Glyphosate is an herbicide approved in the U.S. for use on all types of agricultural food crops, including fruit and nuts, as well as many types of fruits, vegetables, and grains. Florida Citrus growers are committed to providing safe and nutritious citrus to people around the world. Growers comply with all state, U.S. and international regulations for use of the product to meet standards for human, plant, animal and environmental health and safety.
Is 100% orange juice safe to drink?
Absolutely. The citrus industry is steadfast in consistently being below tolerances set by the regulating body, the Environmental Protection Agency (EPA), to deliver nutritious, 100% orange juice families can feel good about drinking. In fact, 100% orange juice plays an important role as part of a healthy diet for adults and children alike, delivering key nutrients such as vitamin C, potassium, and folate.
What is glyphosate?
Glyphosate is an EPA-approved herbicide used on food and non-food crops, including oranges, to help control weeds and grasses and increase yield and quality of crops. It is one of the most widely used tools in agriculture as it helps to also reduce soil erosion and enhance harvesting efficiency. It is widely used within the industry because it is non-toxic to humans, animals and the environment. All pesticides sold in the U.S., including glyphosate, must be registered by the EPA, maintaining that glyphosate is safe for use.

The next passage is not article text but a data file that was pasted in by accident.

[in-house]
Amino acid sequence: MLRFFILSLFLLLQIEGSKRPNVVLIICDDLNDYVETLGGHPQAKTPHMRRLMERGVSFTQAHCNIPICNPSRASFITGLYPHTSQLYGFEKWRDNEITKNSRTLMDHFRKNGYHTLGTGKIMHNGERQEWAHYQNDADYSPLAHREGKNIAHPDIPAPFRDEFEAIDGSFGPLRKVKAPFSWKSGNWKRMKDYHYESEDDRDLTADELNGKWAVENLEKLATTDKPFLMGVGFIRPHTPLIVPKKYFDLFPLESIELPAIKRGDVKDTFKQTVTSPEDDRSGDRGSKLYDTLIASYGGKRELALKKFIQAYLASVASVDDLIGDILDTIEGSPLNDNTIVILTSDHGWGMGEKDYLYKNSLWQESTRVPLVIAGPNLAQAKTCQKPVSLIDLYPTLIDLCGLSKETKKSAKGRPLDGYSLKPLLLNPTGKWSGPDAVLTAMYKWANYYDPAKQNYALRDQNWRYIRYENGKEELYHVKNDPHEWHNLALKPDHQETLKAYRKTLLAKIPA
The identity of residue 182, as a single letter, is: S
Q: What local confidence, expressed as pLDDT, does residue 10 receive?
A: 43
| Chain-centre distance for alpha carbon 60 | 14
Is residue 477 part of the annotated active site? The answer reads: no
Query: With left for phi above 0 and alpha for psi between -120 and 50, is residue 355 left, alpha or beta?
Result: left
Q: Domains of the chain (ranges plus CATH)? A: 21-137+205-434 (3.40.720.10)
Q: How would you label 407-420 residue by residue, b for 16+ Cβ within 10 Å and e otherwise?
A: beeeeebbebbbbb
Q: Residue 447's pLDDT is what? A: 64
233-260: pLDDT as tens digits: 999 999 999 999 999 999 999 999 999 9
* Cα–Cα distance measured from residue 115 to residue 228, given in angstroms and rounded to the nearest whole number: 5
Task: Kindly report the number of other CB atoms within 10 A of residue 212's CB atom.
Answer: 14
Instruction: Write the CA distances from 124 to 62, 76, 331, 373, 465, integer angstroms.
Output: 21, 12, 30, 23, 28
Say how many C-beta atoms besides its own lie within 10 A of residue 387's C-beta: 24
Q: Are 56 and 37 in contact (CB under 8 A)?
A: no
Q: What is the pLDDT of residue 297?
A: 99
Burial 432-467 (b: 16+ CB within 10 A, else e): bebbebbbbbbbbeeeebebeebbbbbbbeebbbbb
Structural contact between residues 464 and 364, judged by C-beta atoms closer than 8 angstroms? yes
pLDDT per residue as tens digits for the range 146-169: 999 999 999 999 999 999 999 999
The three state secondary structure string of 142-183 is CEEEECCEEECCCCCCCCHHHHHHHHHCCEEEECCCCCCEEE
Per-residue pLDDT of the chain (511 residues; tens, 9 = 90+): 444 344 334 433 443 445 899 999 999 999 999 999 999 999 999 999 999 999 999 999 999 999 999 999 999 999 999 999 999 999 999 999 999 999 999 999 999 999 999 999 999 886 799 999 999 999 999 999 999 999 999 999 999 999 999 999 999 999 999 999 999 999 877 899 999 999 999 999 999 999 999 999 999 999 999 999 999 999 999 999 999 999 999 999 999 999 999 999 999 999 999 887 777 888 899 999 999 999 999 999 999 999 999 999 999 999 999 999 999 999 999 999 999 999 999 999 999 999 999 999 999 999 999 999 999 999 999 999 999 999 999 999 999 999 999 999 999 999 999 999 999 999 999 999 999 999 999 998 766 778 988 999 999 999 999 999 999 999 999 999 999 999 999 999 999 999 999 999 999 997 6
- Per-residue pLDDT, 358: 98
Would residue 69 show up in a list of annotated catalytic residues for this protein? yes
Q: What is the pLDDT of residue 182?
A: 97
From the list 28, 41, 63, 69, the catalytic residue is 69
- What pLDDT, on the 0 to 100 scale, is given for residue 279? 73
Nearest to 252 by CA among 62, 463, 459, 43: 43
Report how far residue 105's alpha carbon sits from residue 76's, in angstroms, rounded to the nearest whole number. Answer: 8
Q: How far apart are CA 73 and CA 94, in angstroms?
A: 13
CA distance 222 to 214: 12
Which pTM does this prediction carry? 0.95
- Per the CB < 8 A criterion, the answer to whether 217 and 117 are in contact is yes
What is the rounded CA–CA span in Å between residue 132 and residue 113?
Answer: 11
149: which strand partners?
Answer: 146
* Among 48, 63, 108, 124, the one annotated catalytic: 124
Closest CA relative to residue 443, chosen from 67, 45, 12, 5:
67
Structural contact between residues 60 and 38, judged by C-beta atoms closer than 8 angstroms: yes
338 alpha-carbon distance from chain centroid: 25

What is a trace amount of residue and should I be worried?
Glyphosate has been the subject of numerous toxicological research experiments to establish the safety for both consumers and field workers as a commonly used crop protection tool. While it is possible that trace amounts of the herbicide can be found on the fruit, if present at all, levels detected in fruits and vegetables are far below the tolerances determined by the EPA.
How is glyphosate regulated?
To ensure safety, the EPA sets tolerances for pesticide levels, including glyphosate, in commodities like citrus. The EPA tolerances for residues are set 100 to 1,000 times lower than levels at which health impact might occur. These tolerance levels are considered safe based on average daily food intake by adults and children.
Modern analytical techniques detect levels of pesticides at increasingly minute levels, and as a result, most analyses are now expressed in parts per billion (ppb), versus parts per million (ppm).
Where else can I learn more?